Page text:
“I think that number gives us an opportunity to do social distancing,” she said. “The space is going to be big enough to accommodate that. It’s just that people are really going to have to be cognizant of social distancing, and I think that’s really hard, especially when you’re dealing with people who come from other states where that’s maybe not a criteria anymore.”
Attendees will be encouraged, but not required, to wear face masks, though artists will be allowed to set their own parameters, such as making masks mandatory at their individual booths or prohibiting anyone from touching their art.
“We are giving our artists a full leisure to determine what’s safe for them,” Peone said. “We’re going to empower them in that and then just try to create a space that has some sort of controls in it so that people do not feel like there’s not control over social distancing for their own safety.”
Free Indian Market, which will host about 500 artist booths at Federal Park, has changed the event to an all-outdoor show due to rising COVID-19 cases, promoter Gregory Schaaf said.
“We wanted to have the safest show possible,” he said last week after announcing the change. “Not only because we wanted to uphold our commitment in getting this certified as a COVID-safe event but in keeping with our personal philosophy and commitment to the elders to protect everyone.”
At the Pathways Native Arts Festival in Pojoaque, masks will be required at all events during the three-day show, Karl Duncan, executive director of the Poeh Cultural Center, which is organizing the gathering, said Friday.
“We’re trying to do our best to utilize this event to bring awareness to wear masks, not only indoors but outdoors at events like these and, I hope, other events moving forward,” he said. “We also are providing a free public Pfizer vaccination clinic on Friday and Saturday at the event, open to the public.”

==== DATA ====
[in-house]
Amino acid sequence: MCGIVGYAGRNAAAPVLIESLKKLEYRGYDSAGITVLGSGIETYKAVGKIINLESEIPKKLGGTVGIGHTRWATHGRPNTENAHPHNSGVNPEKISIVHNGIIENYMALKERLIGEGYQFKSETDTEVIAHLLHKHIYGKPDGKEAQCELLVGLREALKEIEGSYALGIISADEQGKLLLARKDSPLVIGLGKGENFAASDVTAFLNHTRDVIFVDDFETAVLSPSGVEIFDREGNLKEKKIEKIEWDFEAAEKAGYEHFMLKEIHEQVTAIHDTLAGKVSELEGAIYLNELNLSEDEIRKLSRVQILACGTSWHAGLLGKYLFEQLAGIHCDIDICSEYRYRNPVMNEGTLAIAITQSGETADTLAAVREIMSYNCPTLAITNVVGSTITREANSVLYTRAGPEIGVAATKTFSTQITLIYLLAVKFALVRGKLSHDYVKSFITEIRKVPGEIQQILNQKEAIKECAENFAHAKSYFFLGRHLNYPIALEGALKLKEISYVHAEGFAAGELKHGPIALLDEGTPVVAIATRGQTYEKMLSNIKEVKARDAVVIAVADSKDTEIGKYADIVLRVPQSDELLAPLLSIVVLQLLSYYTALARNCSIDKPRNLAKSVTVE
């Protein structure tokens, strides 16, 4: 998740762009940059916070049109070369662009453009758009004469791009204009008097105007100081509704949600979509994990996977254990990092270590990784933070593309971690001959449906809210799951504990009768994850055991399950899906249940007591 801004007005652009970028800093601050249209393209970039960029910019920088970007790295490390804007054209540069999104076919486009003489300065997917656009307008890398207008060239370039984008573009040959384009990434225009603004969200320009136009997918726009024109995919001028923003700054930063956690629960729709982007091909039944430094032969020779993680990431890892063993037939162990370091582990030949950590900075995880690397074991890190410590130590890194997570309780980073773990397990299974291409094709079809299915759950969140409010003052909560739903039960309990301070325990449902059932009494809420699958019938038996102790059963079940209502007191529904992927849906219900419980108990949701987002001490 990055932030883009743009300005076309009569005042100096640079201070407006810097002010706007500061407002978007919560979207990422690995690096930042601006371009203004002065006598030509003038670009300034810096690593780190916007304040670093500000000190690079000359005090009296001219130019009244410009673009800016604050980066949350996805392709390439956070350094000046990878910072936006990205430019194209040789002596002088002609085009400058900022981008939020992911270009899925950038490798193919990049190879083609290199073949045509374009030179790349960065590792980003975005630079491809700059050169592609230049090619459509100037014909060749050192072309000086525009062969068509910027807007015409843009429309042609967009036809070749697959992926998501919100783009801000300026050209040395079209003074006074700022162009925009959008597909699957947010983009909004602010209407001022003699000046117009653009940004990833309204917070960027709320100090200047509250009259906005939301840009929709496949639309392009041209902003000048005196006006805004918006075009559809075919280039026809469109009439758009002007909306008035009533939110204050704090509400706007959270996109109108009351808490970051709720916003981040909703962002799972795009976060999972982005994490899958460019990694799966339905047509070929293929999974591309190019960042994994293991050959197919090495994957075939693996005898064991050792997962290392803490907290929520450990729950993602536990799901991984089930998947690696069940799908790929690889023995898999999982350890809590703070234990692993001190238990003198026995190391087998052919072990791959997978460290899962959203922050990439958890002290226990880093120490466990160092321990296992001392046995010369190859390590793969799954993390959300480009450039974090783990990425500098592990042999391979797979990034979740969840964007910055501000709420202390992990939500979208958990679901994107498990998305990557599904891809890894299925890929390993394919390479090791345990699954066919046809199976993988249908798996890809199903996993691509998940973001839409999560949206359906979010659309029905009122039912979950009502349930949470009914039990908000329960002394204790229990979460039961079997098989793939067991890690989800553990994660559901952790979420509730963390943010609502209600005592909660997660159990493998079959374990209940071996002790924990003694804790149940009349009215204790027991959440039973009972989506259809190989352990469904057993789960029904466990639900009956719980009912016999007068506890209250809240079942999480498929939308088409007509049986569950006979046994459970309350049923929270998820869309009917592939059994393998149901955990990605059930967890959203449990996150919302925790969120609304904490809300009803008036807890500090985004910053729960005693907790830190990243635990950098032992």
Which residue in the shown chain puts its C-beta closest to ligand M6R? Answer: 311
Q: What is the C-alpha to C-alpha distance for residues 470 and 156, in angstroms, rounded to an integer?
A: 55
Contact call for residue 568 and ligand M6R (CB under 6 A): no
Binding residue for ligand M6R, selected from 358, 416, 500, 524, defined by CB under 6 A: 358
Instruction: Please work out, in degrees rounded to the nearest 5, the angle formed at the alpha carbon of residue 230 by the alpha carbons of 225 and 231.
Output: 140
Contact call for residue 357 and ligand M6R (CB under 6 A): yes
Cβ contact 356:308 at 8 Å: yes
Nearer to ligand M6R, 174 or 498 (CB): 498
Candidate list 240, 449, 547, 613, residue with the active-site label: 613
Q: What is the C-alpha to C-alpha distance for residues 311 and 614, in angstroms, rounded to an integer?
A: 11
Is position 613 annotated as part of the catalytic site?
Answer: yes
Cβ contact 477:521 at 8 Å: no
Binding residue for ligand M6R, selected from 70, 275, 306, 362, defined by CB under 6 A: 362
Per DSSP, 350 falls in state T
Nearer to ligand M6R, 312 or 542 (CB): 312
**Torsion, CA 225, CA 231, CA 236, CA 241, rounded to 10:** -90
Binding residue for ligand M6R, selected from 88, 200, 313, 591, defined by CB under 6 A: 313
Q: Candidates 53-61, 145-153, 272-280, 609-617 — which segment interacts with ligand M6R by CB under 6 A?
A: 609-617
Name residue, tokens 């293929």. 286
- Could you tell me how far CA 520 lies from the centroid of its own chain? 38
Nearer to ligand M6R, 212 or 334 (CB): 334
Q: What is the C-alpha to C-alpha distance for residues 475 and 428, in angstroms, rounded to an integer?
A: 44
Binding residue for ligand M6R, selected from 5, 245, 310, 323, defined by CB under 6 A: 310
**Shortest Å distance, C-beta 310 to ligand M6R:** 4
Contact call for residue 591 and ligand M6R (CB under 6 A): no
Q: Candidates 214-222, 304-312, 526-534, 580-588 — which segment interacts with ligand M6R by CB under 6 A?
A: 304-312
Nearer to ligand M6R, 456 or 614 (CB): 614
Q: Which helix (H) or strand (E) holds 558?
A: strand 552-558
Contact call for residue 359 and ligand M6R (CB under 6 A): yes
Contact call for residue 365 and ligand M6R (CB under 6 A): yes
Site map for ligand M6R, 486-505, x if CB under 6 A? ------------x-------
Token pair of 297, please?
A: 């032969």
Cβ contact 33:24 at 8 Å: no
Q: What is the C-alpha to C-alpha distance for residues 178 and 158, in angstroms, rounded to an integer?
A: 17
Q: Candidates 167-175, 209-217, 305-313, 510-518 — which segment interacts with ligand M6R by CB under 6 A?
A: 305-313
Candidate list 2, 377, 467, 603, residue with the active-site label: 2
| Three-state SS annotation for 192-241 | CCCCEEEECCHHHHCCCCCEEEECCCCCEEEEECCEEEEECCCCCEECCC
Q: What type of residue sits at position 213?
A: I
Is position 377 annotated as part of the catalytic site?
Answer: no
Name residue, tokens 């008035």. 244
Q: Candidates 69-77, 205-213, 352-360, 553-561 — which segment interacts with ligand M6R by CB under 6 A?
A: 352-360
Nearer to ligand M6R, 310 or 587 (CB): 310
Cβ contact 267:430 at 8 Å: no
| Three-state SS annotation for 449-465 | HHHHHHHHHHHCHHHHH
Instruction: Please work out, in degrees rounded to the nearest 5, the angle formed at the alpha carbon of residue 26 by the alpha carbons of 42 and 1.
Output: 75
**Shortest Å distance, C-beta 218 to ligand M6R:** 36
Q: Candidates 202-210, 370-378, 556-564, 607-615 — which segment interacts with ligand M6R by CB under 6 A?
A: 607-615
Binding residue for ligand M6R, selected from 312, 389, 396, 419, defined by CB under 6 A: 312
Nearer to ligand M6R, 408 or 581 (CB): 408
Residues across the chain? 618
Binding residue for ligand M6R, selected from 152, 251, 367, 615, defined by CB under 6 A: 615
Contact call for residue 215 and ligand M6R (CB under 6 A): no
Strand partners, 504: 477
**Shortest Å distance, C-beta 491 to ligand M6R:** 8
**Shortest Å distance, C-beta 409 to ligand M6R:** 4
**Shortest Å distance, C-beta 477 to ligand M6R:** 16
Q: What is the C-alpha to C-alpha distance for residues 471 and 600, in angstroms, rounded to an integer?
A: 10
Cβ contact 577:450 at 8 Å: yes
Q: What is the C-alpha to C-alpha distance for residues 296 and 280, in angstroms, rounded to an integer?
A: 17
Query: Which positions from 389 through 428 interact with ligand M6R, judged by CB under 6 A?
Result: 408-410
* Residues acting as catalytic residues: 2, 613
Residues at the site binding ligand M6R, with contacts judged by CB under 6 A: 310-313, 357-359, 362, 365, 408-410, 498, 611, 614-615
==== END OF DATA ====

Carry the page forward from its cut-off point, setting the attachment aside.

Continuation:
Asked whether she was concerned about a major outbreak, Peone said she can only hope it won’t happen. As long as public health orders from the state and guidelines from the Centers for Disease Control and Prevention are followed, she said she is “very hopeful” organizers have done everything they can to create a safe environment for anyone who attends the event.
“I think that’s the only way I can answer that,” she said. “I have to be in this place of hope.”
‘COVID is the enemy’
Santa Fe Mayor Alan Webber calls the delta variant a “serious game changer” and said he has spoken to organizers of Indian Market and Zozobra about the situation.
Webber said he hasn’t encouraged the organizers to scale back their events. He said he’s mostly spoken with them about how they plan to keep people safe and is well versed in the precautions they plan to take.
Organizers, he said, are “very concerned” and “very, very committed” to preserving and protecting the public’s health and safety.
“This is not about the city,” Webber said. “This is about everybody involved, from the organizers to the state Department of Health to public health folks at the hospitals and in other parts of the community, where we’re very much keeping close tabs on what the delta variant is doing. There has to be a priority on health and safety.”
Webber urged members of the public to get vaccinated if they haven’t, wear masks and follow other public health guidelines to help prevent the spread of the virus.